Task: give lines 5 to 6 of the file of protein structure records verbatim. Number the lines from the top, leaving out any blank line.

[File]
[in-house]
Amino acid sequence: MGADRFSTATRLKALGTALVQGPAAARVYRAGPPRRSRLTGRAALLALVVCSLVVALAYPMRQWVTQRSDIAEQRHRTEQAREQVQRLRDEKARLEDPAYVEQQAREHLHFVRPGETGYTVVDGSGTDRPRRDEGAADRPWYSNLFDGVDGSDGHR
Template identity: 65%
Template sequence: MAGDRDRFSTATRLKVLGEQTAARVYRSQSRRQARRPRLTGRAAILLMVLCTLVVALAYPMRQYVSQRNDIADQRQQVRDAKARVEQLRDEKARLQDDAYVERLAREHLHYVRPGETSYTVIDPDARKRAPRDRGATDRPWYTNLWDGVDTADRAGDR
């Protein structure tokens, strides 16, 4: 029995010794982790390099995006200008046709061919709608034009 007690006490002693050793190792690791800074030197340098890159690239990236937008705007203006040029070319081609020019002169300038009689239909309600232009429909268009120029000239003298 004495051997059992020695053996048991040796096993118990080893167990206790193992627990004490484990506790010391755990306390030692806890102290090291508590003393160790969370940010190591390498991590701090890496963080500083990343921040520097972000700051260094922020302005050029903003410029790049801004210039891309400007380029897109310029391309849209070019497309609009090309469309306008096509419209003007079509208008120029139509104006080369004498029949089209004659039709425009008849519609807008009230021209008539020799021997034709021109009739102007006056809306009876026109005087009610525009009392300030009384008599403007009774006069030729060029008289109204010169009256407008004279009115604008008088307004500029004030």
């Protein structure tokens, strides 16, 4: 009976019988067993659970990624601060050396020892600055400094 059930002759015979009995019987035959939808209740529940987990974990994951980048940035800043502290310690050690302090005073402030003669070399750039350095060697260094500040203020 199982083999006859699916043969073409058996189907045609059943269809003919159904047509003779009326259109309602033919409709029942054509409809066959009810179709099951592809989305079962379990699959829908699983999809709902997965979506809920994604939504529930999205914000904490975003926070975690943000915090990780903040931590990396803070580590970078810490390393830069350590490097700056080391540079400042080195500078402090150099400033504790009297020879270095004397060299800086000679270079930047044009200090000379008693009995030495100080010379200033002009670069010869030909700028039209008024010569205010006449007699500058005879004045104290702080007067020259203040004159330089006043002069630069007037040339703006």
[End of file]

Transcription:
């Protein structure tokens, strides 16, 4: 029995010794982790390099995006200008046709061919709608034009 007690006490002693050793190792690791800074030197340098890159690239990236937008705007203006040029070319081609020019002169300038009689239909309600232009429909268009120029000239003298 004495051997059992020695053996048991040796096993118990080893167990206790193992627990004490484990506790010391755990306390030692806890102290090291508590003393160790969370940010190591390498991590701090890496963080500083990343921040520097972000700051260094922020302005050029903003410029790049801004210039891309400007380029897109310029391309849209070019497309609009090309469309306008096509419209003007079509208008120029139509104006080369004498029949089209004659039709425009008849519609807008009230021209008539020799021997034709021109009739102007006056809306009876026109005087009610525009009392300030009384008599403007009774006069030729060029008289109204010169009256407008004279009115604008008088307004500029004030």
């Protein structure tokens, strides 16, 4: 009976019988067993659970990624601060050396020892600055400094 059930002759015979009995019987035959939808209740529940987990974990994951980048940035800043502290310690050690302090005073402030003669070399750039350095060697260094500040203020 199982083999006859699916043969073409058996189907045609059943269809003919159904047509003779009326259109309602033919409709029942054509409809066959009810179709099951592809989305079962379990699959829908699983999809709902997965979506809920994604939504529930999205914000904490975003926070975690943000915090990780903040931590990396803070580590970078810490390393830069350590490097700056080391540079400042080195500078402090150099400033504790009297020879270095004397060299800086000679270079930047044009200090000379008693009995030495100080010379200033002009670069010869030909700028039209008024010569205010006449007699500058005879004045104290702080007067020259203040004159330089006043002069630069007037040339703006």